Oil and Gas – In the oil and gas industry, the ability to recognize equipment failure and avoid unplanned downtime, repair costs and potential environmental damage is critical to success across all areas of the business, from well reservoir identification and drilling strategy to production and processing. In terms of maintaining reliable production, identifying equipment failures is one of the main areas where machine learning will play an important role. PdM predicts when an asset or piece of equipment will fail so maintenance can be planned well ahead of time to minimize disruption. With the combination of machine learning and maintenance applications leveraging IIoT data to deliver more accurate estimates of equipment failure, the range of positive outcomes and reductions in downtime and the associated costs means it is worth the investment.
Water Utilities – Water companies also face the same challenges of an aging infrastructure, rising costs, tighter regulations and increasing demand. They also share the same benefits that machine learning offers, such as identifying equipment failure before it happens, but not just to predict a failure, but also to identify what type of failure will occur. Other machine learning benefits in the water industry include meeting supply and demand with predictive forecasting and making smart meters “smarter” to help curb waste, such as during water shortages.
Manufacturing – Manufacturing has been the main industry mentioned alongside machine learning, and for good reason, as the benefits are very real. These benefits include reductions in operating costs, improved reliability and increased productivity — three goals that relate to the holy trinity of manufacturing. To achieve them, manufacturing also requires a digital platform to capture, store and analyze data generated by control systems and sensors on equipment connected via the IIoT. Preventive maintenance (PM) is key for improving uptime and productivity, so greater predictive accuracy of equipment failure is essential with increased demand. Furthermore, by knowing what is about to fail ahead of time, spare parts and inventory can use the data to ensure they align with the prediction. Improving production processes through a robust condition monitoring system can give unprecedented insight into overall equipment effectiveness by regularly and consistently monitoring air and oil pressures and temperatures.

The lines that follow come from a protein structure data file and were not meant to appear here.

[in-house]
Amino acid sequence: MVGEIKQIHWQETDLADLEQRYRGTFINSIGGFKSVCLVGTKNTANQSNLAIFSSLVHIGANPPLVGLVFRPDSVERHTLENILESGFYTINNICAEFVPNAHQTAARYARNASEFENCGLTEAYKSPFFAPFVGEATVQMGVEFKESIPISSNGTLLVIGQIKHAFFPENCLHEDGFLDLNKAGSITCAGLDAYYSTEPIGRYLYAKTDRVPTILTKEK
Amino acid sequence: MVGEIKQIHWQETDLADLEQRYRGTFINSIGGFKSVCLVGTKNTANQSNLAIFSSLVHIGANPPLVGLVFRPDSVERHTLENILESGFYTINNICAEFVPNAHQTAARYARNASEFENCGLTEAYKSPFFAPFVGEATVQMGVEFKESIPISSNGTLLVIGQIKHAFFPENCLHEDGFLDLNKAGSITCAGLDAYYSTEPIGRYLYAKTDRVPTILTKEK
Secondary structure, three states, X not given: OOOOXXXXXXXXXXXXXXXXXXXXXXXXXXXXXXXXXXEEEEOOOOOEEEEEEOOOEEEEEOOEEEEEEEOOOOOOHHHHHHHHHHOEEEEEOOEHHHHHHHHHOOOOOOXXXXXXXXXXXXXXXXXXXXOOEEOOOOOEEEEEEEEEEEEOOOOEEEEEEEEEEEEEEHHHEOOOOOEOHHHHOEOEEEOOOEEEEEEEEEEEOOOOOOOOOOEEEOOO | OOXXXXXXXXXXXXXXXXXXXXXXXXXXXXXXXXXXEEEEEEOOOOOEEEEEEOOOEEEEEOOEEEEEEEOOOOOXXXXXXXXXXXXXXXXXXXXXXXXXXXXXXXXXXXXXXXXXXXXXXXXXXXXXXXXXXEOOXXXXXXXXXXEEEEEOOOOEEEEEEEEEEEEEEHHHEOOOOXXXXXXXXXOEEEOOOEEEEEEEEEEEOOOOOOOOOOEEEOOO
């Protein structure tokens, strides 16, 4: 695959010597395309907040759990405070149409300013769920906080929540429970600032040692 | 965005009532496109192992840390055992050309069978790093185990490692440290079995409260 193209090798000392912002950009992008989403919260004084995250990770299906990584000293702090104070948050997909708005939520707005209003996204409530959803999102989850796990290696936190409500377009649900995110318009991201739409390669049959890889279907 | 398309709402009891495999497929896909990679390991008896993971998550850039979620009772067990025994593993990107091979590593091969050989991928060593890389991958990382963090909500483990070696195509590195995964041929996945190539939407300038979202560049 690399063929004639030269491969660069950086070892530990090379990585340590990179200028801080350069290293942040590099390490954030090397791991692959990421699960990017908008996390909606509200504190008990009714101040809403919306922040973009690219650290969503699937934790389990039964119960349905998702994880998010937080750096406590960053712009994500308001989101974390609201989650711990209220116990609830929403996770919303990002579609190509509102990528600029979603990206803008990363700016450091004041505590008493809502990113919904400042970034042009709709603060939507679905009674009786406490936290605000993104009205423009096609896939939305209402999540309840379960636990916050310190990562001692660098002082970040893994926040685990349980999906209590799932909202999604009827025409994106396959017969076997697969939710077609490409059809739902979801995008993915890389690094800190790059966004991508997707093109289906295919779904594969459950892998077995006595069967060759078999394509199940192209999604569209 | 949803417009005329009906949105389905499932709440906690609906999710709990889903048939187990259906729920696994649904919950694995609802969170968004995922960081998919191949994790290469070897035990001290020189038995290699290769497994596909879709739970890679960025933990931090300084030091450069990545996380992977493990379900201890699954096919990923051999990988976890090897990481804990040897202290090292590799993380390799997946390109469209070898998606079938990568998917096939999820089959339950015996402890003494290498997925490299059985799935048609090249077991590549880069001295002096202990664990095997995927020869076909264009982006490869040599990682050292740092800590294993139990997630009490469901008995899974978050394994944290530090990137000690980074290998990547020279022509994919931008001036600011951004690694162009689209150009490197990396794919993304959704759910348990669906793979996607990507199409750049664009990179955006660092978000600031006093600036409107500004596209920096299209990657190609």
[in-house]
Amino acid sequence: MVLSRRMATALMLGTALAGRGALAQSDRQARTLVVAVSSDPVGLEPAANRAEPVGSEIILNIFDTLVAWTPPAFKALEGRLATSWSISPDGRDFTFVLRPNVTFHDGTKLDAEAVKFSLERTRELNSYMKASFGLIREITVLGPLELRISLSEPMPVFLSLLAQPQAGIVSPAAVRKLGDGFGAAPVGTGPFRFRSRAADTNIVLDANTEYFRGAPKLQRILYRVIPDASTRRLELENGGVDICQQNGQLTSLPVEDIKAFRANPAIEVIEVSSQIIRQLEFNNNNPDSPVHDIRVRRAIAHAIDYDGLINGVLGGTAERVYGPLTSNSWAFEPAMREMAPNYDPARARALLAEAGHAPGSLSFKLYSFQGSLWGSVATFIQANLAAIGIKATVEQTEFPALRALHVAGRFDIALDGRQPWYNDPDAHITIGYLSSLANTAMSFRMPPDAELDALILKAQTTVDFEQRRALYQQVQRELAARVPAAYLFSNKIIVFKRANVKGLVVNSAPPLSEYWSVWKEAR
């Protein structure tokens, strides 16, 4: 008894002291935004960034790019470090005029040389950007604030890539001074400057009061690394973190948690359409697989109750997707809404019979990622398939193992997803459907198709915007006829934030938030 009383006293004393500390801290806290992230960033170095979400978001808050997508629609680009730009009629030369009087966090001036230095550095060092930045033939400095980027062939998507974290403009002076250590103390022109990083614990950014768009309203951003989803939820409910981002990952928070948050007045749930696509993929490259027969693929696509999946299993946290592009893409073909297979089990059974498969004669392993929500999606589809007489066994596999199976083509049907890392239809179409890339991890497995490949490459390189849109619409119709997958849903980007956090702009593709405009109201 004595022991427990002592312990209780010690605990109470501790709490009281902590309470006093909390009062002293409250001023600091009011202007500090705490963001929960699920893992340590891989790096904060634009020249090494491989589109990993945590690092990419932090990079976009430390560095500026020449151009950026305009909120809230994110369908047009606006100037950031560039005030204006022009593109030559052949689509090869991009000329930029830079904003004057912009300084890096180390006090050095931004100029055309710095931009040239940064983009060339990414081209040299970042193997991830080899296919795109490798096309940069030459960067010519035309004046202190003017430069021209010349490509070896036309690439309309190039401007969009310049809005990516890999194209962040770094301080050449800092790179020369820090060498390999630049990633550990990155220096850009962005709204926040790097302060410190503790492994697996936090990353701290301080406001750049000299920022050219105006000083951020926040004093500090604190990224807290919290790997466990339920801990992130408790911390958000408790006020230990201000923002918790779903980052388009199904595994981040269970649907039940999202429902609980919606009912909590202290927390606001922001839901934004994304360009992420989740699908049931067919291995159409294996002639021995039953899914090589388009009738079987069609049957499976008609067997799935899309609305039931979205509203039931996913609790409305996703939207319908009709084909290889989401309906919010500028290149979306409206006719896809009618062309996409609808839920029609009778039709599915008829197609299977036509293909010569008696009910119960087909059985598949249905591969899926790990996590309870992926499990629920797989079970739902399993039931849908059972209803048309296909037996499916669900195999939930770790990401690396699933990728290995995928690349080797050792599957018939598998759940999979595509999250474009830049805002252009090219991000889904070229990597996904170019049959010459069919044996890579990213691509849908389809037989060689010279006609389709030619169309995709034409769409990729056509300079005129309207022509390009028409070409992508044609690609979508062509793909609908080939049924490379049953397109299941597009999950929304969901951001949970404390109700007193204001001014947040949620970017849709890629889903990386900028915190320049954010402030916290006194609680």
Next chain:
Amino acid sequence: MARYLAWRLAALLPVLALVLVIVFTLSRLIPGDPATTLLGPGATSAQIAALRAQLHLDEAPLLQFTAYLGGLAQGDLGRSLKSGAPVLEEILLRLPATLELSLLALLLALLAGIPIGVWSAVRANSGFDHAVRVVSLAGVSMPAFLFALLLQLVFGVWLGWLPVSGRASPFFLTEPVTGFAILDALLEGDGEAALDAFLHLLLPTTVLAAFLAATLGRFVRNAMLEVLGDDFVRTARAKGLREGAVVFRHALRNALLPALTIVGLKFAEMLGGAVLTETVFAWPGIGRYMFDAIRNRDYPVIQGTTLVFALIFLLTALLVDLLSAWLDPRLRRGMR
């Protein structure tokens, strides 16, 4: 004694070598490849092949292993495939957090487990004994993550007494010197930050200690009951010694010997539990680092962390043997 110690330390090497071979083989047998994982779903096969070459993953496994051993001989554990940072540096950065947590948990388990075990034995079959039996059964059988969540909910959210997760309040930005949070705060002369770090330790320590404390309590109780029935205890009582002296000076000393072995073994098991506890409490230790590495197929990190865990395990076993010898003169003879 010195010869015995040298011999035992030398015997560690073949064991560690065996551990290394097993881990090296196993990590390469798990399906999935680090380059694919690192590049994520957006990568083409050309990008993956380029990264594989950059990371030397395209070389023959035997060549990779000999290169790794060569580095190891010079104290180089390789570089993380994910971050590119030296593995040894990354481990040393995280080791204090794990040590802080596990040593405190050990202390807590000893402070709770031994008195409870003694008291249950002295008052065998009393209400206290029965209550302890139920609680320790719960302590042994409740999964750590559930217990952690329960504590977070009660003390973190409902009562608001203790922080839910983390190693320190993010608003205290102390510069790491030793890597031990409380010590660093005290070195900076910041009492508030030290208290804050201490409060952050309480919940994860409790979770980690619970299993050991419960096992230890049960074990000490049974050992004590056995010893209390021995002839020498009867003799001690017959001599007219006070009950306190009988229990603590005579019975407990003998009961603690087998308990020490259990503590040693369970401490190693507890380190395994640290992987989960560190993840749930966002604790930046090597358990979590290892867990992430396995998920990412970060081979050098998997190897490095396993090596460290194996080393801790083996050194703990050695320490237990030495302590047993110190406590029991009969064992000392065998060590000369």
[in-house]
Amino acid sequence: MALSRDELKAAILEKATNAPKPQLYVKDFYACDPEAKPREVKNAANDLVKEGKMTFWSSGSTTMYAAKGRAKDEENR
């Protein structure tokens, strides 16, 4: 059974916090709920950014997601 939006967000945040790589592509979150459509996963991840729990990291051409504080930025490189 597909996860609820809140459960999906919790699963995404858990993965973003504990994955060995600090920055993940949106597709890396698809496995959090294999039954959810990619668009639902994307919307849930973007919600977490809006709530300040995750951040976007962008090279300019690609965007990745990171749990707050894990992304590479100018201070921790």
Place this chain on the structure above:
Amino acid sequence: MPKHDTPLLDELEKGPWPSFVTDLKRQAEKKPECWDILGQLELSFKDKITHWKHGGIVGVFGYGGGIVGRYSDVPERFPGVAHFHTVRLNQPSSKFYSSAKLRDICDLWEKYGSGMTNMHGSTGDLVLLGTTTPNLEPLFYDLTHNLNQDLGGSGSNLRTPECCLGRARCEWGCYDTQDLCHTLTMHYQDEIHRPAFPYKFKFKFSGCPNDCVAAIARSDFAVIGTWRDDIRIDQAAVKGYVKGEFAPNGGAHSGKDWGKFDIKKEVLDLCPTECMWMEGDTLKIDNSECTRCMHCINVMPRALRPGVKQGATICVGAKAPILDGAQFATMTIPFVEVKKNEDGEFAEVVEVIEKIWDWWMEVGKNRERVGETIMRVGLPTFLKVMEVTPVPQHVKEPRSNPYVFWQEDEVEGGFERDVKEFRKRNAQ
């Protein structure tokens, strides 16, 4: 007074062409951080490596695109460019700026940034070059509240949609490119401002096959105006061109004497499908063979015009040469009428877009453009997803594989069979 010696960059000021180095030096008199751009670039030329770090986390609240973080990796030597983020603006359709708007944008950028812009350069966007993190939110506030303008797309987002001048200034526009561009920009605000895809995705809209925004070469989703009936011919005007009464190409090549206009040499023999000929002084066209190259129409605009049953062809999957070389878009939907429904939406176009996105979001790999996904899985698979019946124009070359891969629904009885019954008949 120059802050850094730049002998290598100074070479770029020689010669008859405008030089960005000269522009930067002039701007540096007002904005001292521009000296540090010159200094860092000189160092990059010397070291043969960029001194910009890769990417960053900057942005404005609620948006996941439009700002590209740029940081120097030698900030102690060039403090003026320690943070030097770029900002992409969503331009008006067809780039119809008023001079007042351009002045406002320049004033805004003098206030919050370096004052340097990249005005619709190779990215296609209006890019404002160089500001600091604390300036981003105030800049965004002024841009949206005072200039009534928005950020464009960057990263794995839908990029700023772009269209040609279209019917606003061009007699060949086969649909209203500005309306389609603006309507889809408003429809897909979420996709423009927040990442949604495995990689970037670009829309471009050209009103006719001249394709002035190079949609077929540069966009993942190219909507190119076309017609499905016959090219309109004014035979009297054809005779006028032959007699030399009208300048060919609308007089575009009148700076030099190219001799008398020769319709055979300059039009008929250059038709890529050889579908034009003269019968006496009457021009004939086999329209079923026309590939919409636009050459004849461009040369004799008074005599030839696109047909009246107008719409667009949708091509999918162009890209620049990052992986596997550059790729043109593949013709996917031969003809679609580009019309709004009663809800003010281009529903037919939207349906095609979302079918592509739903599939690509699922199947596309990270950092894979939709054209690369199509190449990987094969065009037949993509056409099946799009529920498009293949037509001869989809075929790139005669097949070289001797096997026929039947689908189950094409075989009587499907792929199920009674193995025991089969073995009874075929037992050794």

Digitization and Transformation With Machine Learning
Early adopters of machine learning are already reaping the benefits of PdM in the speed of information delivery, costs and usefulness. This gives them more information and insight to make smarter decisions. Some of these early adopters are also combining machine learning with other digitization technologies, such as visualization dashboards, cloud-based IIoT data, analytics and reality modeling, for an even more model-centric, beneficial process. The result is a complete solution for operations, maintenance and engineering.
Having a PdM plan in place powered by machine learning will give you unprecedented insight into your operation and lead to significant benefits in efficiency, safety, optimization and decision-making. The digital transformation for industry is now at a tipping point, with technologies all converging at the same time. A PdM approach to reliability and asset performance means root cause analysis (RCA) could become a thing of the past. In its place will be machine learning, which takes into consideration the whole history of failures and identifies the signs of failure in advance.
Figure 4: A PdM plan provides unprecedented insight regarding your assets
Machine Learning Case Study
This case study demonstrates the application of various machine learning techniques within a processing plant.
A steel manufacturer routinely shuts down operations to perform maintenance on its assets, which is very costly. The steel output can sometimes warp or crimp during the production process as it travels through different stages. These failures only can be corrected every six months, as well as monthly for smaller fixes, during planned and very expensive maintenance that involves long periods of downtime.
The goals the steel manufacturer wants to achieve are:
- Reduce defects and locate root cause;
- Identify key variables that matter the most;
- Prioritize assets during shutdown.
It was determined that machine learning could help the steel manufacturer meet its goals.
The first part of the machine learning process was to sort the data into a self-organizing map using neural networks to organize data into 10 distinct classes based on parameters of the steel, such as thickness and weight, as it entered each manufacturing stage. Other techniques included decision trees to learn the pattern of data and identify which features were important in those patterns; asset health prioritization to provide ranking; asset health indexing to determine the health of the assets; principle component analysis to reduce the dimensionality of the data; and clustering and anomaly detection, which highlights how each stand deviates from its normal operating mode.
What developed was a method for dealing with different types of products, the ability to identify the top variables associated with production defects and a process for applying anomaly detection to equipment in an industrial plant.
It was shown that these processes could reduce the need for extensive analysis of equipment and give operators better tools and more insights to make maintenance decisions. A significant amount of time is spent locating the cause of the issues and performing maintenance. The new algorithm can be run before planning the shutdown and it can identify which stand to prioritize during shutdowns through analysis of the asset anomaly charts. Focusing on assets that are the most at risk optimizes the shutdown, as it is only conducted for a limited time.